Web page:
Then came Social Justice Summer 2020, characterized by mass “woke” pandering, heritage destruction, and false narratives. Saint Nick climbed aboard the train. First, he filmed a commercial with a select group of players who declared, “All lives can’t matter until Black Lives Matter.”

Then came the pivotal moment. On Aug. 31 of that summer, Saban led a group on a march down Paul Bryant Drive. Included in the crowd were several people sporting social-justice paraphernalia. One large black male wore a t-shirt reading, “God Looks Like Me.” One carried a sign with the black-power fist. The terrorist Black Lives Matter flag was unfurled. Saban was later quoted as saying, “I’m proud of our messengers over here, and I’m very proud of the message.”

University of Alabama football coach Nick Saban addressees the crowd after his team and athletes from other Alabama sports marched on campus for the Black Lives Matter movement, Monday, Aug. 31, 2020, in Tuscaloosa, Ala. (AP Photo/Vasha Hunt)

The crowd marched to Foster Auditorium, and Saban stood in the schoolhouse door where Governor George Wallace had stood in 1963 and delivered a social-justice speech that left ESPN’s Kirk Herbstreit shedding crocodile tears.

Why did Saban do it? Does he really believe in the woke agenda? Extremely doubtful. More likely, he seized on the issue of the day as an opportunity to better his standing among his most talented players and among future recruits. He must have calculated that such an action carried little risk of alienating a fan base so in love with him that they would put their own feelings aside as long as he kept winning championships. If that was Saban’s line of thought, he acted shrewdly. His risk paid off: the five-star recruits keep pouring in, and his popularity is as high as ever.

Well, not with me. I believe that the sanctity of truth and justice should not be compromised for the sake of winning ball games. Southern heritage is too precious to me for my support to be extended to those who would tarnish and degrade it.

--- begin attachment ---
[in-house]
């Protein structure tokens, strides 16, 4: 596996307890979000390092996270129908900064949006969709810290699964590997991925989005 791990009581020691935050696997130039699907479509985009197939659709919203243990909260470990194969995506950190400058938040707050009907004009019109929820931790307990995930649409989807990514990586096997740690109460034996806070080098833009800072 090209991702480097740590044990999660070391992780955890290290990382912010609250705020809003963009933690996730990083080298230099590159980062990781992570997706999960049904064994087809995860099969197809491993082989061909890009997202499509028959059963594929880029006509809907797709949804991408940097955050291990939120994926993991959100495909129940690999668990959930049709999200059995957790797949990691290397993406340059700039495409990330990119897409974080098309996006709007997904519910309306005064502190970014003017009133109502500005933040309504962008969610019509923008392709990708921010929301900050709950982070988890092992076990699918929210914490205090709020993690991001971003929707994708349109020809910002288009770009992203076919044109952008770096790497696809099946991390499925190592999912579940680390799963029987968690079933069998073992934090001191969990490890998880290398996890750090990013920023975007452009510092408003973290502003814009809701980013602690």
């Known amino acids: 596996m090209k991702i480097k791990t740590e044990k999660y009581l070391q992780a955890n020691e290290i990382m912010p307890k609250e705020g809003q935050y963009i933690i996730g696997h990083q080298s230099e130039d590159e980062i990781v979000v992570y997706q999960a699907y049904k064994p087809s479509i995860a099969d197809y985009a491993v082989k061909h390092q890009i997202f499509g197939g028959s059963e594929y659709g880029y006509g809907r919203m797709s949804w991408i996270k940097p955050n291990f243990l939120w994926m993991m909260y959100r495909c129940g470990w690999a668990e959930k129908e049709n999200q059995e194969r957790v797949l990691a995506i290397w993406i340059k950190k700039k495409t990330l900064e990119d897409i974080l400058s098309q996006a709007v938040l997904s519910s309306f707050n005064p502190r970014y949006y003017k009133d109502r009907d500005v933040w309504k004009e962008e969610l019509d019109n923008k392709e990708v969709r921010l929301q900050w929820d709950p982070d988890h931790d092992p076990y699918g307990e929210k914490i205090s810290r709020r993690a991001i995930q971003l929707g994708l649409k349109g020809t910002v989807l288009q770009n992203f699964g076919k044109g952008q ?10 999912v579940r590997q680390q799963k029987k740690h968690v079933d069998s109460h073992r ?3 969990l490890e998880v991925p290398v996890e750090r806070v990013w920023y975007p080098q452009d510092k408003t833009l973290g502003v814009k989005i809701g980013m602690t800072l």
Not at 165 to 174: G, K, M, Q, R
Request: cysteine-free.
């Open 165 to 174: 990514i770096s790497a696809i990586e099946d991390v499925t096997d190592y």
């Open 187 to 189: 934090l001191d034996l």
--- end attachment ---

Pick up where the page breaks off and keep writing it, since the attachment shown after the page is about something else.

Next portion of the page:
On May 13, 1914, the Alabama division of the United Daughters of the Confederacy placed a large stone memorial in the heart of the University of Alabama campus, on the quad in front of Gorgas Library. On the stone was a plaque commemorating the soldiers whom the university gave to the Confederate cause. In particular, honor was bestowed on “the Cadet Corps, composed wholly of boys” who went to face the invading Union army on April 3, 1865, in a vain attempt to protect their school. The veteran Union opposition succeeded in burning the campus to the ground the following day.

In my days as a student there, I was a part of various ceremonies and events coordinated around that stone. I led prayers beside it. In ensuing years, my attendance at games traditionally involved a stopover at the stone to pay my respects to my young predecessors, who, in contrast to the chowderheaded, pissant protestors of today, knew what true sacrifice meant. I keep an esteemed picture of my two sons posing beside the stone in 2012.

There will be no more such moments of courtesy or photos. Just prior to Saban’s woke commercial and march, the university began tearing down Confederate memorials across campus. A large crane was brought in to extrude the stone from the ground where it had stood for over a hundred years. The memorial to those brave boys became another of the numerous sacrifices made on the altar to the 21st-century post-Marxist left.

I have learned that God may remove idols from His people by simply taking the idols away. But He also may choose to accomplish the same effect by changing our disposition to such a degree that the idols lose their allure.

So it was, deep in the blues of September 2020, that I realized my mistress and I were no longer compatible. I felt like Old Blue Eyes sitting at the bar where he laments the end of his love affair. We had a good run. Had my mistress changed? Or did it just take the public mocking to make me see her for what she really was? Either way, it was over. It had to end. As Frank told bartender Joe, this was a torch that had to be drowned.

Top image: The University of Alabama football coach Nick Saban leads his team on a march in support of Black Lives Matter on Aug. 31, 2020 in Tuscaloosa, Ala. (Vasha Hunt / Associated Press)